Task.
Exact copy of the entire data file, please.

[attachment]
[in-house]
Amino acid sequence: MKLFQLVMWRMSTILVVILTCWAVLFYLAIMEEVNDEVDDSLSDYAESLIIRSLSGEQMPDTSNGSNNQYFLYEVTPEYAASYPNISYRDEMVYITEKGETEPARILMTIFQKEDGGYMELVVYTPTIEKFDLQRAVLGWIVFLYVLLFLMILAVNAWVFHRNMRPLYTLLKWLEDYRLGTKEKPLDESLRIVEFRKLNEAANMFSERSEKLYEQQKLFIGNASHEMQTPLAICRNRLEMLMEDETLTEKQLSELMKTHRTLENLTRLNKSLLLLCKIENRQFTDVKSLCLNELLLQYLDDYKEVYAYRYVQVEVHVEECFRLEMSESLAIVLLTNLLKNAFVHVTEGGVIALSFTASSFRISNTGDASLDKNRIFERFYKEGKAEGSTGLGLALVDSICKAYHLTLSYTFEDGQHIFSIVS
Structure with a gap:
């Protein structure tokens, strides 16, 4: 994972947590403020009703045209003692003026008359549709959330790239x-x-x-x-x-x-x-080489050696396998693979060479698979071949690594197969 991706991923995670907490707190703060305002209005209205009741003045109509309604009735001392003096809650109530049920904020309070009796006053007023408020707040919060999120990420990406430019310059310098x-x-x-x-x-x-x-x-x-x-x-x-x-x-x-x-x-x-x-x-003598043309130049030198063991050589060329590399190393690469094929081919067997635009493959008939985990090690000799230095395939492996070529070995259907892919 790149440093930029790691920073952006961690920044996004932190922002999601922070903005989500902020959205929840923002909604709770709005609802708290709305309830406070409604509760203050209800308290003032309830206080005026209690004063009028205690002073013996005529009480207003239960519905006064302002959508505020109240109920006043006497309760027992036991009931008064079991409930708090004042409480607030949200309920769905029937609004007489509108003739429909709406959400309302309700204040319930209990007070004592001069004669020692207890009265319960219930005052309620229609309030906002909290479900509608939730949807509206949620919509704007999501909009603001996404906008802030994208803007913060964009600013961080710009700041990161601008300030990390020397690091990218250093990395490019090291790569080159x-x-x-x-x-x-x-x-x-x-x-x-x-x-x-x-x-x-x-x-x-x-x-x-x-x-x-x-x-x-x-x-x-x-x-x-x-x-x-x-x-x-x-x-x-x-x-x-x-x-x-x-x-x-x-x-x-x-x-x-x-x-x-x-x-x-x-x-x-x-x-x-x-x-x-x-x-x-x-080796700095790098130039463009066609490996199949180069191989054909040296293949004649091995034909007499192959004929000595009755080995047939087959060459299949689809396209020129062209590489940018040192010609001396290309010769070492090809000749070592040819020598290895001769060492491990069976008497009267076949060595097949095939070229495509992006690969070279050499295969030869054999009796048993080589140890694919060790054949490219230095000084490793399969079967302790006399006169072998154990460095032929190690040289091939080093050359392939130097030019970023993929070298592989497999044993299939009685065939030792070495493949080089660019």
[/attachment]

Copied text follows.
[in-house]
Amino acid sequence: MKLFQLVMWRMSTILVVILTCWAVLFYLAIMEEVNDEVDDSLSDYAESLIIRSLSGEQMPDTSNGSNNQYFLYEVTPEYAASYPNISYRDEMVYITEKGETEPARILMTIFQKEDGGYMELVVYTPTIEKFDLQRAVLGWIVFLYVLLFLMILAVNAWVFHRNMRPLYTLLKWLEDYRLGTKEKPLDESLRIVEFRKLNEAANMFSERSEKLYEQQKLFIGNASHEMQTPLAICRNRLEMLMEDETLTEKQLSELMKTHRTLENLTRLNKSLLLLCKIENRQFTDVKSLCLNELLLQYLDDYKEVYAYRYVQVEVHVEECFRLEMSESLAIVLLTNLLKNAFVHVTEGGVIALSFTASSFRISNTGDASLDKNRIFERFYKEGKAEGSTGLGLALVDSICKAYHLTLSYTFEDGQHIFSIVS
Structure with a gap:
């Protein structure tokens, strides 16, 4: 994972947590403020009703045209003692003026008359549709959330790239x-x-x-x-x-x-x-080489050696396998693979060479698979071949690594197969 991706991923995670907490707190703060305002209005209205009741003045109509309604009735001392003096809650109530049920904020309070009796006053007023408020707040919060999120990420990406430019310059310098x-x-x-x-x-x-x-x-x-x-x-x-x-x-x-x-x-x-x-x-003598043309130049030198063991050589060329590399190393690469094929081919067997635009493959008939985990090690000799230095395939492996070529070995259907892919 790149440093930029790691920073952006961690920044996004932190922002999601922070903005989500902020959205929840923002909604709770709005609802708290709305309830406070409604509760203050209800308290003032309830206080005026209690004063009028205690002073013996005529009480207003239960519905006064302002959508505020109240109920006043006497309760027992036991009931008064079991409930708090004042409480607030949200309920769905029937609004007489509108003739429909709406959400309302309700204040319930209990007070004592001069004669020692207890009265319960219930005052309620229609309030906002909290479900509608939730949807509206949620919509704007999501909009603001996404906008802030994208803007913060964009600013961080710009700041990161601008300030990390020397690091990218250093990395490019090291790569080159x-x-x-x-x-x-x-x-x-x-x-x-x-x-x-x-x-x-x-x-x-x-x-x-x-x-x-x-x-x-x-x-x-x-x-x-x-x-x-x-x-x-x-x-x-x-x-x-x-x-x-x-x-x-x-x-x-x-x-x-x-x-x-x-x-x-x-x-x-x-x-x-x-x-x-x-x-x-x-080796700095790098130039463009066609490996199949180069191989054909040296293949004649091995034909007499192959004929000595009755080995047939087959060459299949689809396209020129062209590489940018040192010609001396290309010769070492090809000749070592040819020598290895001769060492491990069976008497009267076949060595097949095939070229495509992006690969070279050499295969030869054999009796048993080589140890694919060790054949490219230095000084490793399969079967302790006399006169072998154990460095032929190690040289091939080093050359392939130097030019970023993929070298592989497999044993299939009685065939030792070495493949080089660019």